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Are Student Loans Becoming a Macroeconomic Issue?

Apr 23, 2013Mike Konczal

What's the general economic consensus on the impact of student loans on the household finances of those who hold them? Here's "Student Loans: Do College Students Borrow Too Much—Or Not Enough?" (Christopher Avery and Sarah Turner, 2012), which argues, "[t]here is little evidence to suggest that the average burden of loan repayment relative to income has increased in recent years." Using data from 2004-2009, the authors find that "the mean ratio of monthly payments to income is 10.5 percent" for those in repayment six years after initial enrollment.

They boost that number with a 2006 study by Baum and Schwarz to conclude that two trends cancel each other out: there's rising debt but steady student debt-to-income ratios. How can this happen? It "can be attributed to a combination of rising earnings, declining interest rates, and increased use of extended repayment options." This is how, though average total undergraduate debt jumped 66 percent to a value of $18,900 from 1997 to 2002, "average monthly payments increased by only 13 percent over these five years. The mean ratio of payments to income actually declined from 11 percent to 9 percent because borrower.”

Let's put this a different way. If you asked economists looking at the data if student loans could be having a macroeconomic effect, especially through a financial burden on those that have them, they'd say that the actual percent of monthly income paying student loans hasn't changed all that much since the 1990s. They may be making larger lifetime payments, since they'll carry the debts longer, but that's a choice they are making, which could reflect positive or negative developments. Certaintly there's no short-term strain. So there aren't any economic consequences worth mentioning when it comes to student loans.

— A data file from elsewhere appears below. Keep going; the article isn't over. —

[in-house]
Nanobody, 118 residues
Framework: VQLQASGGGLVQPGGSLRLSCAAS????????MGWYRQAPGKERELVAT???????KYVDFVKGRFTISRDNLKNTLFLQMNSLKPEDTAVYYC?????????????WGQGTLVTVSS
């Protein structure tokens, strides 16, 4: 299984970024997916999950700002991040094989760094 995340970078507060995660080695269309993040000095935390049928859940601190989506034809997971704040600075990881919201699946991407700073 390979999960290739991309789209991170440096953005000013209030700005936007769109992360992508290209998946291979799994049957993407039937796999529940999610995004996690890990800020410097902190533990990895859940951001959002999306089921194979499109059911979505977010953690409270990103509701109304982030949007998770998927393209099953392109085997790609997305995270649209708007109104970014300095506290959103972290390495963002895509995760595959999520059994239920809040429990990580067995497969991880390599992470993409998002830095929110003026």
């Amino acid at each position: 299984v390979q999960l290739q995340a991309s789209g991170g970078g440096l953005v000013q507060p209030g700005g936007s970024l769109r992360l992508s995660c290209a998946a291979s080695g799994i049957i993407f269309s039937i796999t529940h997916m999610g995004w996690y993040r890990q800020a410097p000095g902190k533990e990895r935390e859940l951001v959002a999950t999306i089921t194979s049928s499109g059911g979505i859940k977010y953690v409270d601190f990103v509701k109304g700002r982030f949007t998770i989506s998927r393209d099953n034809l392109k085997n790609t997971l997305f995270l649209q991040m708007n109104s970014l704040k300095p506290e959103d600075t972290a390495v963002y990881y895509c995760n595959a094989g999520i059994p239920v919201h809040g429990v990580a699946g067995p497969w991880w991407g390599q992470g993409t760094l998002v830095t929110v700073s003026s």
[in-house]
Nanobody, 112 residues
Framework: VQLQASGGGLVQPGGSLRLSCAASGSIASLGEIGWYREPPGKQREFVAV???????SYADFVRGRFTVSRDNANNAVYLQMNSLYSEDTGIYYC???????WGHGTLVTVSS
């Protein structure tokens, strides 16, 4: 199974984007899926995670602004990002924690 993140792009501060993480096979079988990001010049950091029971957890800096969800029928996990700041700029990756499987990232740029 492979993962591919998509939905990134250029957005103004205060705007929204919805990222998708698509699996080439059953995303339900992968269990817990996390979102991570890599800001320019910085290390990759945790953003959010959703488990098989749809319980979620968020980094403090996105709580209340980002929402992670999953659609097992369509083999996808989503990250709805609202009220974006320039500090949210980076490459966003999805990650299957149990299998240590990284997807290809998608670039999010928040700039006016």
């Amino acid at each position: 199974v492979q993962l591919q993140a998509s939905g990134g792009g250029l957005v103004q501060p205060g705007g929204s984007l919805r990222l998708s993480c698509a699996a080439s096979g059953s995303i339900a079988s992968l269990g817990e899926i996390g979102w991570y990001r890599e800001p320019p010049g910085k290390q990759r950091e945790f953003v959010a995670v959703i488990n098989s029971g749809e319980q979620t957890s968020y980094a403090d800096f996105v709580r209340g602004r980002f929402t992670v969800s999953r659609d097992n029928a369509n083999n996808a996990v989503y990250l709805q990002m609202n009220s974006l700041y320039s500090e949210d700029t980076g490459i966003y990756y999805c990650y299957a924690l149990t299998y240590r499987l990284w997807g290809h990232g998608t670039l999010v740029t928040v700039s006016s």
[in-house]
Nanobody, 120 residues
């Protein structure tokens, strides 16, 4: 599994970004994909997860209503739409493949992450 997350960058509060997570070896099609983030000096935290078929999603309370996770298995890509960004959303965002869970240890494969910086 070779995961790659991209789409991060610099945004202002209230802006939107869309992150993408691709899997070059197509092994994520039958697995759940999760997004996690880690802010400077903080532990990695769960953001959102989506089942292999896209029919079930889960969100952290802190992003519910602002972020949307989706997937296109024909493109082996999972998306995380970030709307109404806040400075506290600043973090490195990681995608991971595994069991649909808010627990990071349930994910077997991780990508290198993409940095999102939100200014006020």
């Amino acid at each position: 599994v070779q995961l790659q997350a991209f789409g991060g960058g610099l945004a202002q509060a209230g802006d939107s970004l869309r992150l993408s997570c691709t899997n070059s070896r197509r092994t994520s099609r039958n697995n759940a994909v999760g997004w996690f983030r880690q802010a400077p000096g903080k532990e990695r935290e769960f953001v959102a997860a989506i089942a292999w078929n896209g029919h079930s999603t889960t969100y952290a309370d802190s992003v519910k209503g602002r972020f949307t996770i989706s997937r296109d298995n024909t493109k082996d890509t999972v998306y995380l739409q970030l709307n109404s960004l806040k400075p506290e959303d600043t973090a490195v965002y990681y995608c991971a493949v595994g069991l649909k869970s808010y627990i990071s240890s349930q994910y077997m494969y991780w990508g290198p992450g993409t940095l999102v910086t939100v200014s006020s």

I always thought this approach had problems. First, they were only looking at the pre-crisis era, so we couldn't see the impact of student loans once we hit a serious problem. And they were just rough averages of short-term income aggregates, rather than looking at specific individuals with or without student-debt and seeing what kinds of spending, particularly on longer-term durable goods, they do. But since I had no data myself, I never pushed on this very hard. Part of the problem is that student loans have happened relatively quickly, so quantitatively it's hard for data agencies to adjust their techniques to "see" this data easily, and not just lump them in with "other debts."

That is starting to change. The Federal Reserve Bank of New York is doing some high-end analysis of student loans, and their economists Meta Brown and Sydnee Caldwell have a great post from last week, "Young Student Loan Borrowers Retreat from Housing and Auto Markets." They find that over the past decade, people with student loans were more likely to have a mortgage at age 30 and a car loan at age 25. In the crisis this edge has collapsed: